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Above: Daimler AG’s Dieter Zetsche and Mercedes executives with the new semi-autonomous Mercedes E-Class at the 2016 Detroit Auto Show. Image Credit: Naias.com

This post originally published on VentureBeat, based on my recent trip to the Detroit Auto Show.

Google and Tesla may be pushing full-speed ahead in their self-driving car development and testing, but auto manufacturers aren’t sitting idly by. Judging from the outputs of this week’s North American Auto Show in Detroit, as well as CES in Las Vegas last week, it’s clear that incumbent car companies are rising to the challenges of competing in an autonomous world.

Silicon Valley startups and tech giants are launching many threats to the traditional auto industry as part of the Collaborative Economy movement, from ride- and car-sharing platforms like Lyft, Uber, RelayRides, and Getaround, to more recent innovations of autonomous cars that will further enable ride access over car ownership from Google, Uber, and others.

This is forcing brands like GM, Ford, BMW, and Mercedes to reconsider their product offerings to focus more on becoming “mobility companies” that offer an array of services that satisfy the needs of their evolving customers. These pivots are evident in a host of recent announcements of partnerships, investments, and new programs:

I had the privilege of attending the North American Auto Show this week in Detroit, as a guest of Ford, and it was obvious by the announcements and unveilings that car companies want to evolve into new markets — markets where they sell more than just cars. Ford’s CEO Mark Fields spoke during an event, boldly stating that, “We are a mobility company.” The same trend is evident in BMW’s new service offerings across the entire mobility experience. It’s about more than getting from point A to point B for today’s customer. The value proposition is shifting.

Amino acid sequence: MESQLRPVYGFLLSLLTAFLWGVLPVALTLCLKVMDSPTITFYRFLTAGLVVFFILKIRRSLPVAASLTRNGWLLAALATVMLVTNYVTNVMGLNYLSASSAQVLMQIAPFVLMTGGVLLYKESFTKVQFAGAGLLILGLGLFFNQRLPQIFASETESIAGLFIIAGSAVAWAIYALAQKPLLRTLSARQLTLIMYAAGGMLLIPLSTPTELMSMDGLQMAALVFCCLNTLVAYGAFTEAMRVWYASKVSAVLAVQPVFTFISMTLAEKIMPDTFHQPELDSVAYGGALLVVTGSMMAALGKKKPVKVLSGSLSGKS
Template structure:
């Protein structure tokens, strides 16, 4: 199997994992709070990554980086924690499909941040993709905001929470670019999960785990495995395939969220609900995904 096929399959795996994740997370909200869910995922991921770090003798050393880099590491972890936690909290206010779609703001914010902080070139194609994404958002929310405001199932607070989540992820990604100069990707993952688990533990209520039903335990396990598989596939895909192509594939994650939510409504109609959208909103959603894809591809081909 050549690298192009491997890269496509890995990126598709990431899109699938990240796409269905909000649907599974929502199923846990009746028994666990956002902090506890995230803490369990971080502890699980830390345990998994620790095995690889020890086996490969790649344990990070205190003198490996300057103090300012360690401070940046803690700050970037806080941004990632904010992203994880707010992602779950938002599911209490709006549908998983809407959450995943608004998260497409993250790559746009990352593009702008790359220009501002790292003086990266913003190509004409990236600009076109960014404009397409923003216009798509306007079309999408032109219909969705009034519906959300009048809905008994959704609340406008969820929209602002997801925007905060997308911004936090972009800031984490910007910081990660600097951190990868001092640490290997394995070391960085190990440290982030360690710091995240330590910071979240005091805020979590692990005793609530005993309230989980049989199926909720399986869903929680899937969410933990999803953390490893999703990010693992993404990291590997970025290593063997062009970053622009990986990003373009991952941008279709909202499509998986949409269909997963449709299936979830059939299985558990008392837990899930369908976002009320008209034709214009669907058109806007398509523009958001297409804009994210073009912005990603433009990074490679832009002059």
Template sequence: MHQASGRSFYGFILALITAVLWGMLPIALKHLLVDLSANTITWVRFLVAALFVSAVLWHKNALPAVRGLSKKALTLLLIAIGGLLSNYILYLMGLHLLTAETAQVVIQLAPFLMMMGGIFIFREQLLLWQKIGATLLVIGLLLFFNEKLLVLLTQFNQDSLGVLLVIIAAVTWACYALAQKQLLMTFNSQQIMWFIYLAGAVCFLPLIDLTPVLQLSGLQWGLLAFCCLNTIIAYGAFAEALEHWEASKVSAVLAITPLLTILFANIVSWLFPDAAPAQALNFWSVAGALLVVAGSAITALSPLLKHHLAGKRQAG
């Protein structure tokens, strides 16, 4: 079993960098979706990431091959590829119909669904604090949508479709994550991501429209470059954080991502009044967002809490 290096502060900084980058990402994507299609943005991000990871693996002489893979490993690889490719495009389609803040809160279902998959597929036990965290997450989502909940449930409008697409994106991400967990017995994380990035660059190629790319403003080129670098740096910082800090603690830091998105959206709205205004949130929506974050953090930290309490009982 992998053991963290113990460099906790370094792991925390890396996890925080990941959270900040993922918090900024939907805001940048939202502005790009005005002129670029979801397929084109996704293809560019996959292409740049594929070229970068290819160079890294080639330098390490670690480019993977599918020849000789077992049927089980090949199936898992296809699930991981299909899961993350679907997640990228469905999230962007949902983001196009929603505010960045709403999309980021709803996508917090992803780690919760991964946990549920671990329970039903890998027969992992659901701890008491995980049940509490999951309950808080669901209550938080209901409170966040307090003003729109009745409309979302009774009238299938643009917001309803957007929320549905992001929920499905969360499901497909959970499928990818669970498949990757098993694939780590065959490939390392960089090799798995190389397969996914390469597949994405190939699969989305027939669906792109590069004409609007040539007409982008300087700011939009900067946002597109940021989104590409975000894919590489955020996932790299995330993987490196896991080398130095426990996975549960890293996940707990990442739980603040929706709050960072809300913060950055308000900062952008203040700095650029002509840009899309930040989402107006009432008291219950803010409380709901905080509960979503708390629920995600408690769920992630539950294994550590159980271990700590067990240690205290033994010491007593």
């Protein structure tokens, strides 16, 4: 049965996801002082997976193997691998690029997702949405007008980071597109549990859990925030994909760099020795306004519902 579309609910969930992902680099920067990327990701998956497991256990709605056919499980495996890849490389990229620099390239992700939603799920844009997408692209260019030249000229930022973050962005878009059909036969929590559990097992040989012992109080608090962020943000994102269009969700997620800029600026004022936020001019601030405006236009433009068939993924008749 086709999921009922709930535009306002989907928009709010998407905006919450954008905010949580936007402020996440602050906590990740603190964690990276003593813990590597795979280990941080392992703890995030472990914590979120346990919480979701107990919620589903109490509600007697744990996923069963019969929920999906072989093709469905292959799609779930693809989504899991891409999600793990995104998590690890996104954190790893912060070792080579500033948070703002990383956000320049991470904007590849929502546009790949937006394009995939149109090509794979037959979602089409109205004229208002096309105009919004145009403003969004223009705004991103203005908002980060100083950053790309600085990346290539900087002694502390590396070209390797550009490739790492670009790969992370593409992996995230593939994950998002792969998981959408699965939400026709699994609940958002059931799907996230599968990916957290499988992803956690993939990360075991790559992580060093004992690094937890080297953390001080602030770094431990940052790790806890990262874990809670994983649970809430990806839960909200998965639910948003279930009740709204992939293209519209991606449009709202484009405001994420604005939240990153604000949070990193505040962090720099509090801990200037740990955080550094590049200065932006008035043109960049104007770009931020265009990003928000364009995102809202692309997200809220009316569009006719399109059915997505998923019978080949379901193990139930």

To break new ground, auto companies are becoming tech companies. They’re partnering with Google, Microsoft, and Amazon, rather than building from scratch. They’re taking a page from startup playbooks and investing in peer-to-peer car-sharing and ride-sharing companies. Most importantly, they’re seeing new business models emerge and are quickly adapting to disruption.

They must enable rather than resist, leaning in to survive. This includes the building of autonomous vehicles that encourage “rides as a service” behaviors rather than ownership. Motor City may not be operating on as aggressive of a timeline as Silicon valley, but it has a seat at the table. Auto manufacturers are predicting self-driving car consumerization in three to four years, versus Tesla’s expectation of one year and Google’s current deployment of cars already in California.

We’re in the midst of a significant transition for auto companies as they realize a future where people may not want or need to own vehicles. These manufacturers must continue evolving in step with customer behaviors, offering access to vehicles and rides-as-a-service programs as expectations rise. Acquisitions will continue to make headlines as Detroit’s powerhouse manufacturers offer their expertise to Silicon Valley technologists and vice versa.

We can expect to see more changes in an exciting year ahead as auto companies become mobility services and tech companies become auto companies.

Here comes the Autonomous Vehicle Arms Race

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Above: Sci Fi movie Minority Report envisions a future of fast-moving networked cars

We’re one week out from the Detroit Auto show, 2016, which I’ll be attending. In this new market, many established auto manufactures have shown prototypes, made pronouncements, while young upstarts release their vehicles at CES, all while partnerships between established tech startups and traditional players are announced with great fanfare.

This new Autonomous World has evolved from the Collaborative Economy movement: Uber, Lyft, Didi, Ola, BlaBla have all taught us that we don’t need to own a car to achieve mobility. We can summon a car, on-demand, using an app, whisking us away to our location, without the frets of parking, the stress of driving, and associated management woes of vehicle support. The tenant of “access over ownership” is also driving the Autonomous Vehicle movement, the pains of managing a car can dissipate.